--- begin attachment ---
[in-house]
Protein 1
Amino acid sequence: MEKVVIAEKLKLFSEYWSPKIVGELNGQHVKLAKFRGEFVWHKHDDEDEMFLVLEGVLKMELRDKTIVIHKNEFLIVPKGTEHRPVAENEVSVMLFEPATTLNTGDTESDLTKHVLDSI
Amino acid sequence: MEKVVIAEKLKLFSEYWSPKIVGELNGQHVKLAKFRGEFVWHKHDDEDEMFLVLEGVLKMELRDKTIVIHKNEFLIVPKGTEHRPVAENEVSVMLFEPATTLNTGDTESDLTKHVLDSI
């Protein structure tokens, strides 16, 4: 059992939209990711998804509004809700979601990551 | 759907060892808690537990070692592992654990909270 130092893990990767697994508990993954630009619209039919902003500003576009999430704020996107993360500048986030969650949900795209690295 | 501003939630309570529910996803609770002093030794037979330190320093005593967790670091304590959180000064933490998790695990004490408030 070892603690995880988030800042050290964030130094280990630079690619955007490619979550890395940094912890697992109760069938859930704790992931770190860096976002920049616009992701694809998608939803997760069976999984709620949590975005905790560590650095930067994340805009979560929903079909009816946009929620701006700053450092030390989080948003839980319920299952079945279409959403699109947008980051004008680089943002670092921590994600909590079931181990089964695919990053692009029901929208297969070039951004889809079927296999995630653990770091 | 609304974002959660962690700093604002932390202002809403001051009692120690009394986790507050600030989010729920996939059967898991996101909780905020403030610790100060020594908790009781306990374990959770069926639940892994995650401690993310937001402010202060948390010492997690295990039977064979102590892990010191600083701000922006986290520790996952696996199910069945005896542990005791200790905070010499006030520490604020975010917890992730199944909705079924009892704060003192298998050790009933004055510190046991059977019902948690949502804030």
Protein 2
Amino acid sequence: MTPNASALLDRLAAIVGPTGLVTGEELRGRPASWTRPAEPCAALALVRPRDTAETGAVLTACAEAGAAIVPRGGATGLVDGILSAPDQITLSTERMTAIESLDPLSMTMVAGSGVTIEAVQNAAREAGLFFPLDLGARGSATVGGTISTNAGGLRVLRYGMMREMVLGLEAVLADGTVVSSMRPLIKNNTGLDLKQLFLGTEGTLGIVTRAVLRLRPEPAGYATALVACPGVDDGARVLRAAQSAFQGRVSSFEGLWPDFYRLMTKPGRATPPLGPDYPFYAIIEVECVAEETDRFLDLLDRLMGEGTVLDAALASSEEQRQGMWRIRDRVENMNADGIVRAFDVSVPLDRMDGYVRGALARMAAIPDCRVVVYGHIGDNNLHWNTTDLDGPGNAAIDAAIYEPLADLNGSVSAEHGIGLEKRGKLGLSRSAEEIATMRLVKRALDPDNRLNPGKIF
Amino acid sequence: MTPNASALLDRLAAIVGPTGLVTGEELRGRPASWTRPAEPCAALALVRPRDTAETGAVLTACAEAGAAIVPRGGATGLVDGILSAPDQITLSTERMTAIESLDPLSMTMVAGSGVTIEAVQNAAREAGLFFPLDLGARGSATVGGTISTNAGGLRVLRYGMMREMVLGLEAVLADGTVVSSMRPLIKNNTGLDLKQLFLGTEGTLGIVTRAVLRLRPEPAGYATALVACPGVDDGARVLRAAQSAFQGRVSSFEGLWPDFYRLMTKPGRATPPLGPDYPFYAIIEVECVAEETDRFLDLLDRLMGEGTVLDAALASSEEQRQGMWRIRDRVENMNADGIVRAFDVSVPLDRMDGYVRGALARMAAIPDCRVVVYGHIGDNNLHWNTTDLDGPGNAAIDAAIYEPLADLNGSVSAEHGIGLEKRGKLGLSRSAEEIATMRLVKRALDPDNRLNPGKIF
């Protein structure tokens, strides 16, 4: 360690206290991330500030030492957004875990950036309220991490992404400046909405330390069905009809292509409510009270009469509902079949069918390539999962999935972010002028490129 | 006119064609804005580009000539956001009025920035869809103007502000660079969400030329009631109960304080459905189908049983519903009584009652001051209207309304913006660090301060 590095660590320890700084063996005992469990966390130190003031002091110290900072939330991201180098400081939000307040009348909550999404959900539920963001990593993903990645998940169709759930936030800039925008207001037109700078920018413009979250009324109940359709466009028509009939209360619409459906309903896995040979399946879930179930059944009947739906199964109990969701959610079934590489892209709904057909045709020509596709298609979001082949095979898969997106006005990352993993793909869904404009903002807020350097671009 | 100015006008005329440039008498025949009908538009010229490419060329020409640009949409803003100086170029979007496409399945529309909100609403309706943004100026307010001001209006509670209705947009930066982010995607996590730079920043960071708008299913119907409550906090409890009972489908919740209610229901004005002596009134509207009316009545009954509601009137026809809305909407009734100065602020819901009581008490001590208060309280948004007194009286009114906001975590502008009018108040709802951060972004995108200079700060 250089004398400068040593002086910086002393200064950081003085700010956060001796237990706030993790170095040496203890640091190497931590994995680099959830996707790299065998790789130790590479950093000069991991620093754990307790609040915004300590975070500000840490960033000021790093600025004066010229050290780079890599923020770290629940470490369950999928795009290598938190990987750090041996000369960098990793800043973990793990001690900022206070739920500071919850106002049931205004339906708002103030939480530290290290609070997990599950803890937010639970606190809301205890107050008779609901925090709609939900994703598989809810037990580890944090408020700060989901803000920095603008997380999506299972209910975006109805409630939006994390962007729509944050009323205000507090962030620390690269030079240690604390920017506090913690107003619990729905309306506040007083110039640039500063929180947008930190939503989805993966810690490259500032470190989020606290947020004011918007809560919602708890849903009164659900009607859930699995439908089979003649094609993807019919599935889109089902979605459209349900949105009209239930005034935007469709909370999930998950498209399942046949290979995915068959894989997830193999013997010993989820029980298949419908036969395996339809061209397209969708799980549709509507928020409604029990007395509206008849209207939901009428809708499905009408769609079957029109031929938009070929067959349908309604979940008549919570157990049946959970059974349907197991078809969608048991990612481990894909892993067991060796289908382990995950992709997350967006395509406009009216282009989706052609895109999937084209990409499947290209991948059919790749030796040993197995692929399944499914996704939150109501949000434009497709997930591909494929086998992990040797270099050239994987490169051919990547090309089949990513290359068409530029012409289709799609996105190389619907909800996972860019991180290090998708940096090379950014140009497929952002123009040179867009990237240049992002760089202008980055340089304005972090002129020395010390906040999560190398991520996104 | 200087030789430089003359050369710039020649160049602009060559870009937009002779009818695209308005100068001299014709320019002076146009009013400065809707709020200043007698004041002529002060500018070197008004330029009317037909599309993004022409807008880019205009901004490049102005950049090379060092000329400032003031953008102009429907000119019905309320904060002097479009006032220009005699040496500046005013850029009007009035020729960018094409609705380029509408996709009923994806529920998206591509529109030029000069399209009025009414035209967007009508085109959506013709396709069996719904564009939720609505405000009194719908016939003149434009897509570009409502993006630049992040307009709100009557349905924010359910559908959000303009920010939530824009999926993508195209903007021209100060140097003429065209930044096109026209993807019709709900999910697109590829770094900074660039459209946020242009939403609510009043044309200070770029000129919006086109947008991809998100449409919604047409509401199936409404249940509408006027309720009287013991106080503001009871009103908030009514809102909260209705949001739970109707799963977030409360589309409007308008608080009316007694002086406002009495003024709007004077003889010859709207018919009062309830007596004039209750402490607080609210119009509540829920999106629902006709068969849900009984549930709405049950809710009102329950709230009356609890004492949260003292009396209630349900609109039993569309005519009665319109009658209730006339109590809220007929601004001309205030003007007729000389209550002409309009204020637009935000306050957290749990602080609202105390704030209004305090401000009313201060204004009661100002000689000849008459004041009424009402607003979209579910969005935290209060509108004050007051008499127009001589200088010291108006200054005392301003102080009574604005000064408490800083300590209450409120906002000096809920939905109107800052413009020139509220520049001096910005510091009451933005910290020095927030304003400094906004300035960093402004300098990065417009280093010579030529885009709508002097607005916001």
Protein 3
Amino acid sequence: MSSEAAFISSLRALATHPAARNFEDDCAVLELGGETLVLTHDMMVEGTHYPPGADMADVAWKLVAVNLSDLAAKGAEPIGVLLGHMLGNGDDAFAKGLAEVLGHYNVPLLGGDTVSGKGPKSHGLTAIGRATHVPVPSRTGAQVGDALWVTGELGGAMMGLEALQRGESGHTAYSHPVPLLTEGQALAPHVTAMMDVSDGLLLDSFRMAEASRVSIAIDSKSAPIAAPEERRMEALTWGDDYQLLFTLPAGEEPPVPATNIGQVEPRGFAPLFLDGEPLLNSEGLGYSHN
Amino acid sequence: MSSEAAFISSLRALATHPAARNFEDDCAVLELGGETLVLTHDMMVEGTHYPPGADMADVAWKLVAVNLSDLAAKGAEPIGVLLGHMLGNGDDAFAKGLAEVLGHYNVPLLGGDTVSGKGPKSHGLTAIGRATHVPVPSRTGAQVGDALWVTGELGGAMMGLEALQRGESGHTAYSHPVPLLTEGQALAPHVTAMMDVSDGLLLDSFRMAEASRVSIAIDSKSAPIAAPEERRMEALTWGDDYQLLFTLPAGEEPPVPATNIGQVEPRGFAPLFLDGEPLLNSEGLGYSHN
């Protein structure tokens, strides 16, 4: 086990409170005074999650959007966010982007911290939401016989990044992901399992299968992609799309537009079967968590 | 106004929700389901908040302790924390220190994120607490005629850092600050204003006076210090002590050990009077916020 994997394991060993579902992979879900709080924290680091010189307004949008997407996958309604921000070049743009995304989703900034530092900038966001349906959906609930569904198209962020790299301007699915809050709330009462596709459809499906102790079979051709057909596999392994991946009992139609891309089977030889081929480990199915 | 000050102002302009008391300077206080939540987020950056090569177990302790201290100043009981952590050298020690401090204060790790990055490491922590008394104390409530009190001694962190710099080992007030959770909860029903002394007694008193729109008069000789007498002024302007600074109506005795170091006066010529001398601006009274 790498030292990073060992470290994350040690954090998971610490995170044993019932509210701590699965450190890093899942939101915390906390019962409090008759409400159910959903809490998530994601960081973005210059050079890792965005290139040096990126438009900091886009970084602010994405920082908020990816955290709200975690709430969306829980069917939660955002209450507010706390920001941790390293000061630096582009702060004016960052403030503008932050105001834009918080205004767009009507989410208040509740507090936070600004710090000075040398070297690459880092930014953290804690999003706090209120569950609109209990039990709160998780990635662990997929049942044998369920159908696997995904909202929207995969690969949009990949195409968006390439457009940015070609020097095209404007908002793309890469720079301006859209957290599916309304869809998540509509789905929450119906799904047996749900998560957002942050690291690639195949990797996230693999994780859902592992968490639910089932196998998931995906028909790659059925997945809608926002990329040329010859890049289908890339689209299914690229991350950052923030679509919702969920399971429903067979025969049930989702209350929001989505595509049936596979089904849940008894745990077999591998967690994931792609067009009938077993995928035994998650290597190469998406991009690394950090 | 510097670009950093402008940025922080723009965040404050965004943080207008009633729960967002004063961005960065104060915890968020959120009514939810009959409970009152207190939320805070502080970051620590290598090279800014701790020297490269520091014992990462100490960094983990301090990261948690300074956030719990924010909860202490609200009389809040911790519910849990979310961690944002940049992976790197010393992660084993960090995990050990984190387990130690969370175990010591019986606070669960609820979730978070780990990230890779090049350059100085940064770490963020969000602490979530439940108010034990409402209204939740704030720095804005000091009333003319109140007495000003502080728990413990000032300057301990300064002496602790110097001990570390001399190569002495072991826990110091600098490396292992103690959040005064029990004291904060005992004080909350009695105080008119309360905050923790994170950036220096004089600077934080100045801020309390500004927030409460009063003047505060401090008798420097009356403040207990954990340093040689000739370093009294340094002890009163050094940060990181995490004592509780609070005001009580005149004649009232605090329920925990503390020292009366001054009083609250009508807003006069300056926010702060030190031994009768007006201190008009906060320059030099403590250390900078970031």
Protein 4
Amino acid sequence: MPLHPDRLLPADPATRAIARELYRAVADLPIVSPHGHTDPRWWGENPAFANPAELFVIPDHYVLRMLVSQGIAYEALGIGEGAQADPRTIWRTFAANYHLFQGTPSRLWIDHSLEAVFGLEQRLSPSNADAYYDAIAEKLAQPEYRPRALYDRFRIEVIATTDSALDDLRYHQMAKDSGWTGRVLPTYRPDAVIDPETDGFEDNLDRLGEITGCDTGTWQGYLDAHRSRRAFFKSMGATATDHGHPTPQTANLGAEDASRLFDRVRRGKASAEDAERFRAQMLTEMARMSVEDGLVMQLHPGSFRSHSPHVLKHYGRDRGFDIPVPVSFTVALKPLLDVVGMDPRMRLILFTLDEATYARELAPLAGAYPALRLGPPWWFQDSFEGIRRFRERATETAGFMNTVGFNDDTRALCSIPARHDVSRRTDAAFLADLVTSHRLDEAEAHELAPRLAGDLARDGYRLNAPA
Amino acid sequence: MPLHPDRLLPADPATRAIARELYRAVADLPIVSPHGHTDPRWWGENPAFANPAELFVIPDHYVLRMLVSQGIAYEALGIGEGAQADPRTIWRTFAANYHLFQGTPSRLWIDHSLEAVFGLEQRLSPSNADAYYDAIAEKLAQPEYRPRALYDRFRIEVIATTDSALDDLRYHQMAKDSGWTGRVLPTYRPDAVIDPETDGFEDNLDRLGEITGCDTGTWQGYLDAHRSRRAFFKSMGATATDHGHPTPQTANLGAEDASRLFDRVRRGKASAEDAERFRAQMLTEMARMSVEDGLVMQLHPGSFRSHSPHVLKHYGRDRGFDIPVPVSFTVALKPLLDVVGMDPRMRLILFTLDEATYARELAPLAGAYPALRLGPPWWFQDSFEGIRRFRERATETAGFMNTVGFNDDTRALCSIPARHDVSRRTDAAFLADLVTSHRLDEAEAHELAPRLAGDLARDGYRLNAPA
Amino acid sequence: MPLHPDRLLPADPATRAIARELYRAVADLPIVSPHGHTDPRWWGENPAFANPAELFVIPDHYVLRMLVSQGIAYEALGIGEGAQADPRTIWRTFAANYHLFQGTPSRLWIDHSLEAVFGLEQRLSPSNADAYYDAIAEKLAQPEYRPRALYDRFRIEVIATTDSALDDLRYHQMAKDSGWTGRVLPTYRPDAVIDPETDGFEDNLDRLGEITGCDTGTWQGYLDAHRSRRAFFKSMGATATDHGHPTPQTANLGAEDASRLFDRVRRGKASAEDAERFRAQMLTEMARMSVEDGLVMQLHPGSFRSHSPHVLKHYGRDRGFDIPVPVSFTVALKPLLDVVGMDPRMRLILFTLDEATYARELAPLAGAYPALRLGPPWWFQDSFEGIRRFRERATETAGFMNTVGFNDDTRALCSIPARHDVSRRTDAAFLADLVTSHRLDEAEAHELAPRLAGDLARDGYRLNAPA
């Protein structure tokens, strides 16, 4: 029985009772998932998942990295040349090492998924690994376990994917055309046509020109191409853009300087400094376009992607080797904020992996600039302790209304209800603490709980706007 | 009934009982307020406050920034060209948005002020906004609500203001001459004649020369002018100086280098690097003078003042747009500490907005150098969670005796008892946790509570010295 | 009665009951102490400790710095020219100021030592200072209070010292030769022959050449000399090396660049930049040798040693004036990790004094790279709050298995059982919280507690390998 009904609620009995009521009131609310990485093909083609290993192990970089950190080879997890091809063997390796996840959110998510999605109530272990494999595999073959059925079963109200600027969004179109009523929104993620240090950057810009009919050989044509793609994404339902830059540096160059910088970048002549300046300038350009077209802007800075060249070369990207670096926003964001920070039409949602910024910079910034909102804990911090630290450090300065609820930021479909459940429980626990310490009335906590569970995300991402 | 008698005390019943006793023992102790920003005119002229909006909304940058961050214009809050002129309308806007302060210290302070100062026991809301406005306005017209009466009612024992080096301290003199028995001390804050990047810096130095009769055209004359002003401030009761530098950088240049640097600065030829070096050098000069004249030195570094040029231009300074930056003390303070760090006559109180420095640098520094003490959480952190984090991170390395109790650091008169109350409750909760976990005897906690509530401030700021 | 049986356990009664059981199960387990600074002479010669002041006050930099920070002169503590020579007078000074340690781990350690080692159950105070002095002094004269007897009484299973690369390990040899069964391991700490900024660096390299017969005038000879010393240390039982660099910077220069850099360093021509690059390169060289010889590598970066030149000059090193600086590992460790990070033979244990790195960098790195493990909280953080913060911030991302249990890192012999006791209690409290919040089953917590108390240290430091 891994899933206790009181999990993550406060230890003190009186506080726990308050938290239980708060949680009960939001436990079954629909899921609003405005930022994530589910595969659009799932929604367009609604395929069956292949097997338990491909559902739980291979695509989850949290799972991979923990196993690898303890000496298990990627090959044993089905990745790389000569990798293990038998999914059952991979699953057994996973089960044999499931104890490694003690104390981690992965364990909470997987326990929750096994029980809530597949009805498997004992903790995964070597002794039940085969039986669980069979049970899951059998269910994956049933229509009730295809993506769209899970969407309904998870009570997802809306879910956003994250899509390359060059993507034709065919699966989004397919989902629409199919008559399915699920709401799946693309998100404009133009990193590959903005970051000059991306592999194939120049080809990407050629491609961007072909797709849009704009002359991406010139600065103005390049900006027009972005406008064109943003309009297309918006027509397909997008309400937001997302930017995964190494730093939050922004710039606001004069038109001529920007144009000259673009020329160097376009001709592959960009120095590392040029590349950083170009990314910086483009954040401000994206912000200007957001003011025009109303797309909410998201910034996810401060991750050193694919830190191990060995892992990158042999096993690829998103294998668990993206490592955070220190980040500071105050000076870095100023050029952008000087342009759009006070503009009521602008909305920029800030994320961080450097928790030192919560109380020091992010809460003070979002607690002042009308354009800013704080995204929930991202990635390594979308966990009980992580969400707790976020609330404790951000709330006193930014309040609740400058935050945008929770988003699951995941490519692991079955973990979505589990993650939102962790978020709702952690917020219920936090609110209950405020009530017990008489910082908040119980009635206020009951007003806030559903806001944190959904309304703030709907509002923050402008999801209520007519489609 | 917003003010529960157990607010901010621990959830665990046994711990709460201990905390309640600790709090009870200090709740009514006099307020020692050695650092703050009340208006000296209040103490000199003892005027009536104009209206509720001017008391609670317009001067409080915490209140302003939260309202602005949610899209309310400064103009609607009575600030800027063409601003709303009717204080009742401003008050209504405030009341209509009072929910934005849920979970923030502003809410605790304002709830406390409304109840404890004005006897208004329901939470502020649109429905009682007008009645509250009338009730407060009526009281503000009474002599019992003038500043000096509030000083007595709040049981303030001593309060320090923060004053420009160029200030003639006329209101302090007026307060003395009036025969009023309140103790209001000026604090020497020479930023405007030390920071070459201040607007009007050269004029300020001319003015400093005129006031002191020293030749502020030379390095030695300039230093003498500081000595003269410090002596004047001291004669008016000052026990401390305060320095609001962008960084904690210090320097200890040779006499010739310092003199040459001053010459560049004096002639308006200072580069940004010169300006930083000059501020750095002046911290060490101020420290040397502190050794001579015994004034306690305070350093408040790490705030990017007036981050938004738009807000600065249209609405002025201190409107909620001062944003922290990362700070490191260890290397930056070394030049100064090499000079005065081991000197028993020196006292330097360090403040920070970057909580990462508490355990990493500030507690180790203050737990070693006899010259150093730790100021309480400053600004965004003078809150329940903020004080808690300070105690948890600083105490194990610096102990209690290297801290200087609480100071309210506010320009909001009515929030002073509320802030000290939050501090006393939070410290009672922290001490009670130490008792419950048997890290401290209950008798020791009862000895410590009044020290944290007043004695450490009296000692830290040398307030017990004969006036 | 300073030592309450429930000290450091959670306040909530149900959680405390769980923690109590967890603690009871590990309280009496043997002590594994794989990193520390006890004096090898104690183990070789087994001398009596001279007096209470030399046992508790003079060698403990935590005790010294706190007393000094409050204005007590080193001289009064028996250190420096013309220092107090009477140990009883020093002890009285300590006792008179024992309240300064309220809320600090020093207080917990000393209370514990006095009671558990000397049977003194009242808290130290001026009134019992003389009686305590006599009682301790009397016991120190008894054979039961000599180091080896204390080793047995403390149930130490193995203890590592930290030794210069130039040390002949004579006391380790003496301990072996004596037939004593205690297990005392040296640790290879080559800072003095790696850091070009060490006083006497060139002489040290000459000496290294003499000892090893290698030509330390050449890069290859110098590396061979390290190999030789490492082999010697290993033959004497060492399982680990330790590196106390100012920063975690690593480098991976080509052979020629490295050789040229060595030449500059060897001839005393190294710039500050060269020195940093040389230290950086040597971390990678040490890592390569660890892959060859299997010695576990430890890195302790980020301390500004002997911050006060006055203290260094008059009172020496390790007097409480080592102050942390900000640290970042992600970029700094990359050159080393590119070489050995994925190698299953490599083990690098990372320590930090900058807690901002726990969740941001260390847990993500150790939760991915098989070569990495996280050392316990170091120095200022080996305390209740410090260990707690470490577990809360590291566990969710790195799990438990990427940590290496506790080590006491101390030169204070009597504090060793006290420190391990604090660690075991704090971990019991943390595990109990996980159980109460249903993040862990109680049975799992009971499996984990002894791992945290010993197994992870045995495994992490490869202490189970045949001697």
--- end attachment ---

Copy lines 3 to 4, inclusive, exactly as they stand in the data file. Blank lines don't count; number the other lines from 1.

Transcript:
Amino acid sequence: MEKVVIAEKLKLFSEYWSPKIVGELNGQHVKLAKFRGEFVWHKHDDEDEMFLVLEGVLKMELRDKTIVIHKNEFLIVPKGTEHRPVAENEVSVMLFEPATTLNTGDTESDLTKHVLDSI
Amino acid sequence: MEKVVIAEKLKLFSEYWSPKIVGELNGQHVKLAKFRGEFVWHKHDDEDEMFLVLEGVLKMELRDKTIVIHKNEFLIVPKGTEHRPVAENEVSVMLFEPATTLNTGDTESDLTKHVLDSI